I was then less concerned to represent the world as it is when sense-free thought advances beyond the experience of oneself to a spiritual perception, than I was to show that the being of nature as revealed to sense-perception is spiritual. I wished to express the truth that nature is in reality spiritual. It was inevitable from this that my fate should bring me into conflict with the contemporary formulators of theories of cognition. These conceived, to begin with, a nature void of spirit, and therefore their task was to show how far man is justified in conceiving in his own spirit a spiritual conception of nature. I wished to oppose to this an entirely different theory of cognition. I wished to show that man in thinking does not form conceptions in regard to nature while standing outside of her, but that knowing means experiencing, so that man while knowing is actually inside the being of things. Moreover, it was my fate to knit my own views to those of Goethe. In this union there were many opportunities to show how nature is spiritual, because Goethe had striven toward a spiritual nature; but one does not in the same way have the opportunity to speak of the world of pure spirit as such since Goethe did not carry his spiritual view of nature all the way to direct perception of spirit.
In a secondary degree I was then concerned to find expression for the idea of freedom. When man acts upon his instincts, impulses, passions, etc., he is not free. Then impulses of which he becomes conscious as he does of the impressions from the sense-world determine his action. But his true being is then not acting. He is then acting on a plane where his true being has not yet manifested itself. He then discloses himself as man just as little as the sense-world discloses its being to mere sense-observation. Now, the sense-world is not really an illusion, but is only made such by man. But man in his action can permit the sense-like impulses, desires, etc., really to become illusions; then he permits illusions to act upon him; it is not he himself that acts. He permits the unspiritual to act. His spiritual being acts only when he finds the impulses for action in the moral intuitions of his sense-free thought. Then he alone acts, nothing else. Then he is a free being acting from within. I desired to show that whoever rejects sense-free thought as something purely spiritual in man can never grasp the conception of freedom; but that such a conception comes about the moment one understands the reality of sense-free thinking.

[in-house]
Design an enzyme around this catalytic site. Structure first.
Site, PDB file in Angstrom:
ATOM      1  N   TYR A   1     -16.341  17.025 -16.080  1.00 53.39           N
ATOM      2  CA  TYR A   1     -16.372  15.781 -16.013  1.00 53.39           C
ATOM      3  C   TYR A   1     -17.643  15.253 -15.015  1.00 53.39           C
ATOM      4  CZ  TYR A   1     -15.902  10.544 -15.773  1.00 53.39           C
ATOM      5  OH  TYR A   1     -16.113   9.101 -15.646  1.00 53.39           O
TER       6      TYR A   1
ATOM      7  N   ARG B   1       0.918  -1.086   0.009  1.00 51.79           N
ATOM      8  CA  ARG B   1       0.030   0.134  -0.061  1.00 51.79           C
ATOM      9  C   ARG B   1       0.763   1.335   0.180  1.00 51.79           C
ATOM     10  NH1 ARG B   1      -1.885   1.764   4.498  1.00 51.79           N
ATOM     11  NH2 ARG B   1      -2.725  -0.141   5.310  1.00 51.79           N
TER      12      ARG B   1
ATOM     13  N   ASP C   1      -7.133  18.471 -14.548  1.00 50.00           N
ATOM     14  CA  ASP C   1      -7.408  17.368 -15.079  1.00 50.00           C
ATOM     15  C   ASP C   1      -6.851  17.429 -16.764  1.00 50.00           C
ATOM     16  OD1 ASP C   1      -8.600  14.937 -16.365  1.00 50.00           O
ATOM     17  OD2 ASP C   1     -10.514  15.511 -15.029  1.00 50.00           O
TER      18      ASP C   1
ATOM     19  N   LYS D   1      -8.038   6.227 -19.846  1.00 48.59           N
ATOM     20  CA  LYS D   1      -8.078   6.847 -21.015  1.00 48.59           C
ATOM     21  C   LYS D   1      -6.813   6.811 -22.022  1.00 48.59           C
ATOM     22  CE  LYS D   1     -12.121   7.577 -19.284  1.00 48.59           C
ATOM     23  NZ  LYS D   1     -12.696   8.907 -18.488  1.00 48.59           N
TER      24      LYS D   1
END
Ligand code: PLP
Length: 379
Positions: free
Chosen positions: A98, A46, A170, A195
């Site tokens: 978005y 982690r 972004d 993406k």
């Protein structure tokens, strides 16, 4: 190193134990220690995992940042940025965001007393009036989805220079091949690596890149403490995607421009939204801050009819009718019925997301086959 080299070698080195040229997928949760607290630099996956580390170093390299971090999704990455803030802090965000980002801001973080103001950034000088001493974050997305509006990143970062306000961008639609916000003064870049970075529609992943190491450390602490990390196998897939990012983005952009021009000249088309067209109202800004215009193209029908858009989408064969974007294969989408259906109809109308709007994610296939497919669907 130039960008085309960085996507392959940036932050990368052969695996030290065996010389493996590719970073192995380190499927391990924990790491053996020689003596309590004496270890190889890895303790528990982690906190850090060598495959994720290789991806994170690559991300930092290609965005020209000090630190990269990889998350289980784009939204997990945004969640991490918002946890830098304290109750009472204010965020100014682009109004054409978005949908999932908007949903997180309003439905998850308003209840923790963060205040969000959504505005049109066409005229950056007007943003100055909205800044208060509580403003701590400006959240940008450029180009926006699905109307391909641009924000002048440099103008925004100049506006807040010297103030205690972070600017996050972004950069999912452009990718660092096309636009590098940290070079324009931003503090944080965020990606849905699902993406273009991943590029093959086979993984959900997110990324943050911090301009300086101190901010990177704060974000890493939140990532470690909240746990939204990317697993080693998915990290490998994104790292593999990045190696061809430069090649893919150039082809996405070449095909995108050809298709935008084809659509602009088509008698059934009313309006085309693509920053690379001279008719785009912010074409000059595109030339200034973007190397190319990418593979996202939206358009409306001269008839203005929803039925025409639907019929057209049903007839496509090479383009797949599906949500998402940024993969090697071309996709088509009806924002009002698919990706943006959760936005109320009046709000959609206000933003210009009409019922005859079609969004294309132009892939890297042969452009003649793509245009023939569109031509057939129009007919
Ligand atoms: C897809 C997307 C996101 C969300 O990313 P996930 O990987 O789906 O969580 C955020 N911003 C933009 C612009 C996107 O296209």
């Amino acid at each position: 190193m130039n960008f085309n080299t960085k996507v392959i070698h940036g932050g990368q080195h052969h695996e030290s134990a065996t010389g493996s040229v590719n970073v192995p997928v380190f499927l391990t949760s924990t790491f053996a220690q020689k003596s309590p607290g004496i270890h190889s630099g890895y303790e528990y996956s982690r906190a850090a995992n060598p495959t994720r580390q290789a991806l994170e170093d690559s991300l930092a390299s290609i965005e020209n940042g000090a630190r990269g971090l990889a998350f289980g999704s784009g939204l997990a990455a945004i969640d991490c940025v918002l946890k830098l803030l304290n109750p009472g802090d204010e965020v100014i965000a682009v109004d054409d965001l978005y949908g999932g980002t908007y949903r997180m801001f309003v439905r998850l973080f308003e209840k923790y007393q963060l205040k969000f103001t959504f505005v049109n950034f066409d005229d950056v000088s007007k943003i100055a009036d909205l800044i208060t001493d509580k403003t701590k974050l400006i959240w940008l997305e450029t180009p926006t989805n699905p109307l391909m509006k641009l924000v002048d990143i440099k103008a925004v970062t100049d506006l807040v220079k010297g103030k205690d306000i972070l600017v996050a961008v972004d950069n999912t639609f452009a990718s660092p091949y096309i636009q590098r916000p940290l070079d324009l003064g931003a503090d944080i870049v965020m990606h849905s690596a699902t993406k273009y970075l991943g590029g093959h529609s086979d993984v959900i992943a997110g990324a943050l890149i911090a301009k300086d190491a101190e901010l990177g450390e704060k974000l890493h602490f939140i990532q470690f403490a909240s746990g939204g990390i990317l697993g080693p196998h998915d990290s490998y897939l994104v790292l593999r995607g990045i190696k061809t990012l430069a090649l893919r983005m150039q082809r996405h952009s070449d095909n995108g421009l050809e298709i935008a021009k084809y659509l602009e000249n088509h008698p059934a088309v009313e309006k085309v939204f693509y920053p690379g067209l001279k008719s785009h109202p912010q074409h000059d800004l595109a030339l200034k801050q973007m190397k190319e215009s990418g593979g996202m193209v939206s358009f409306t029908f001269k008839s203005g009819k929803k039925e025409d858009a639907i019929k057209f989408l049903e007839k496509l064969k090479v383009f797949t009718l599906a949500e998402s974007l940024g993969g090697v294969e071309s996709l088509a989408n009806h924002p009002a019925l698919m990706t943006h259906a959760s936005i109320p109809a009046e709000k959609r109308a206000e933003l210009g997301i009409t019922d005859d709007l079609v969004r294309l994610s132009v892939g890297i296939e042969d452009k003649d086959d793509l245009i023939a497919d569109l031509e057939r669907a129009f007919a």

In this field I was at that time less intent upon representing the world of pure spirit, in which man experiences his moral intuitions, than to emphasize the spiritual character of these moral intuitions. Had I been concerned with the former, I should have been obliged to begin the chapter in The Philosophy of Freedom on “Moral Imagination” in the following way: “The free spirit acts upon his impulses; these are intuitions which are experienced by him apart from the existence of nature in the world of pure spirit without his being aware of this spiritual world in the ordinary state of consciousness.” But it was my concern then only to describe the purely spiritual character of moral intuitions. Therefore I referred to the existence of these intuitions within the totality of the world of human ideas, and said in regard to them: “The free spirit acts upon his impulses, which are intuitions that by means of thought are selected from the totality of his world of ideas.” – One who does not direct his gaze toward a world of pure spirit, and who could not, therefore, write the first statement, could also not entirely admit the second. But allusions to the first statement are to be found in plenty in my Philosophy of Freedom; for example: “The highest stage of the individual life is thinking in concepts without reference to a specific content of perception. We determine the content of a concept by means of pure intuition out of the sphere of ideas. Such a concept then shows no relation to definite perceptions.” Here sense-perceptions are intended. Had I then desired to write about the spiritual world, and not merely about the spiritual character of moral intuitions, I should have been forced to refer to the contrast between sense-perceptions and spiritual perceptions. But I was concerned only to emphasize the non-sensible character of moral intuitions.
My world of ideas was moving in this direction when the first chapter of my life ended with my thirtieth year, and my entrance upon the Weimar period.
Continued in the next issue of Southern Cross Review.
Einleitung zu Goethes naturwissenschaftlichen Schriften, in Kürschner's Deütsche National-Literatur, p. iv. (Introduction to Goethe’s Natural Scientific Works, in Kürschner’s German National Literature)